Of course, we have to admit that the glamorization of psychologically-unhealthy lifestyles is not unique to the gay community--one is constantly aware of the need to have a fulfilling life outside of work, yet the only people getting promoted and receiving business-page coverage as "geniuses" are those who have essentially handed over their personal lives for their jobs--and that ultimately the responsibility leads up to American-style capitalism. In many areas, you have to face that if you are going to be balanced and healthy, you are going to be "boring." But it's sad to see these guys driven to such self-destructive behavior in pursuit of the values of their community, which relentlessly encourages them to vigorously participate in a self-destructive game it is not possible to win.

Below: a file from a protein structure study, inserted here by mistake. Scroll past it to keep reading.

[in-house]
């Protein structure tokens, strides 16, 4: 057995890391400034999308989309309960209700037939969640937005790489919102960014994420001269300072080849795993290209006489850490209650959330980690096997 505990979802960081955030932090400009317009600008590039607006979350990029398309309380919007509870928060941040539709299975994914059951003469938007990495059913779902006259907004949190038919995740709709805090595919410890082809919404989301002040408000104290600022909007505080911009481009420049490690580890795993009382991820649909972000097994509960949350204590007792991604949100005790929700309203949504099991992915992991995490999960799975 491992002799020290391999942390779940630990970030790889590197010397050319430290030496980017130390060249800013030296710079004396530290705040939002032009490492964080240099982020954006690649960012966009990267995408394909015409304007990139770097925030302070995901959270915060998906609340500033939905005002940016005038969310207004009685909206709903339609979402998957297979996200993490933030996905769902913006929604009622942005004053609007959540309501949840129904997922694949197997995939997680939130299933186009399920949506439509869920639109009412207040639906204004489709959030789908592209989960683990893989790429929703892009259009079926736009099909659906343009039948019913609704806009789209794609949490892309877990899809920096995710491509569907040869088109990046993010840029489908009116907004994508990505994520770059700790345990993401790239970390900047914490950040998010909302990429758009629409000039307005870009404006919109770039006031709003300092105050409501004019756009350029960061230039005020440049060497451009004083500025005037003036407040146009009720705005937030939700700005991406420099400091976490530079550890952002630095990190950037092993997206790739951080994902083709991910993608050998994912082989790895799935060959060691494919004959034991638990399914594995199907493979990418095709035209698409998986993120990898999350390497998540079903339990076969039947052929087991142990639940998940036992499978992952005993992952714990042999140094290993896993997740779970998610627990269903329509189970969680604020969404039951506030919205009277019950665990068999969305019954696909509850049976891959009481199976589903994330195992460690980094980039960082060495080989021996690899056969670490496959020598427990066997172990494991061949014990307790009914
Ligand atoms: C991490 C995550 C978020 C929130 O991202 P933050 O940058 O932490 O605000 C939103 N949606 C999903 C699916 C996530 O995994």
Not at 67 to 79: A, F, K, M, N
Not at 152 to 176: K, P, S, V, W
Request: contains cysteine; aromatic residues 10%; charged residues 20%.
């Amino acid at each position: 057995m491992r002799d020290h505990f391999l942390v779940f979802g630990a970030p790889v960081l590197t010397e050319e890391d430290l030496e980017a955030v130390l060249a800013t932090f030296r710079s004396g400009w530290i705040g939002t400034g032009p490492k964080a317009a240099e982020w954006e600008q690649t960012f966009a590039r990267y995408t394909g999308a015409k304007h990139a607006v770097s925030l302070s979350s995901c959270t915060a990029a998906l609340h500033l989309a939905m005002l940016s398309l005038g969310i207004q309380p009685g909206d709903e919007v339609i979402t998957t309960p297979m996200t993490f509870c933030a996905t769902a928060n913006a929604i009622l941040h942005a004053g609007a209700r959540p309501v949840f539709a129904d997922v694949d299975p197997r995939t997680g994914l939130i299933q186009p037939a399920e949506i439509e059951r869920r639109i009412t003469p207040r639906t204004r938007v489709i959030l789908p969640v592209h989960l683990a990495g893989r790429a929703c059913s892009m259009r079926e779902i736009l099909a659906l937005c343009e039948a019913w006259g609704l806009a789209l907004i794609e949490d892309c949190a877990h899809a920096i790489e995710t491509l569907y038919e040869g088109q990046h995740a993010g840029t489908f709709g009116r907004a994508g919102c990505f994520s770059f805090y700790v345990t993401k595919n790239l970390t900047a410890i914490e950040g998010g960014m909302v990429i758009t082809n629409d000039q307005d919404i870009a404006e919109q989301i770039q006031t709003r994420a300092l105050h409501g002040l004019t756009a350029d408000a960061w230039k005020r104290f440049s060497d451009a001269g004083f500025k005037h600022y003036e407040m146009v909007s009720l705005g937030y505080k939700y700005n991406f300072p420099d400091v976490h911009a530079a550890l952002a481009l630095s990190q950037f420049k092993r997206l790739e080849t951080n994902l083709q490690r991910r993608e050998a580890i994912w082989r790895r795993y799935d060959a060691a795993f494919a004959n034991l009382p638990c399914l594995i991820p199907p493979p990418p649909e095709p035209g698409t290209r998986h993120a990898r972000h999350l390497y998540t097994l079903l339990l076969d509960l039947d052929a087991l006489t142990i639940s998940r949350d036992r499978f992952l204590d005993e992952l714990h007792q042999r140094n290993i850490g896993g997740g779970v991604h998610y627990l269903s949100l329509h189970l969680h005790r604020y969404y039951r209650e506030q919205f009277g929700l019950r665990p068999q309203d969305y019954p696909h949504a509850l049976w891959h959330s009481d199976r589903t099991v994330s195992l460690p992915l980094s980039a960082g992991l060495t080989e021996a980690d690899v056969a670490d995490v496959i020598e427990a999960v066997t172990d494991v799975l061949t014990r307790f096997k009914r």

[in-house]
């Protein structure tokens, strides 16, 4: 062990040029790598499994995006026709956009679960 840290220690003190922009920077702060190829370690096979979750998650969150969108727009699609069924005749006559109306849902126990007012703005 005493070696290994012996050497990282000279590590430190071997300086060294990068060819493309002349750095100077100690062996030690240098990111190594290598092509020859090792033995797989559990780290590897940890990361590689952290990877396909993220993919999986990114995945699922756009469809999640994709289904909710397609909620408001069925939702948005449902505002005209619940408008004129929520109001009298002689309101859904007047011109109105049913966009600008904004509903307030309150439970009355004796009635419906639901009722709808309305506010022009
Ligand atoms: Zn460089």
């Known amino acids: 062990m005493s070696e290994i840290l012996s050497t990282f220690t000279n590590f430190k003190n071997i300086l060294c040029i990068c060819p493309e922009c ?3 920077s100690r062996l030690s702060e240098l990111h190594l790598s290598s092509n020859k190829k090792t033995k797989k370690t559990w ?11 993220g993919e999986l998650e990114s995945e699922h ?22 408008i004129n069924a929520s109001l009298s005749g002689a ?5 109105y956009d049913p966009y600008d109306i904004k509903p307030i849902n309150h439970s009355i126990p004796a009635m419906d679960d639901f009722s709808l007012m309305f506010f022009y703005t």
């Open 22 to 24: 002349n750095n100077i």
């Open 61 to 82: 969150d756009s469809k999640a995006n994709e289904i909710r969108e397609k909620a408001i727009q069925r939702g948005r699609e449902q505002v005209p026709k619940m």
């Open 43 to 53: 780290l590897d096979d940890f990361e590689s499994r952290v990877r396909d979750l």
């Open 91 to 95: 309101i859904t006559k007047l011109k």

Should you watch it: 

Yes, the first 30 minutes bring up a lot of interesting issues relating to mainstream gay values.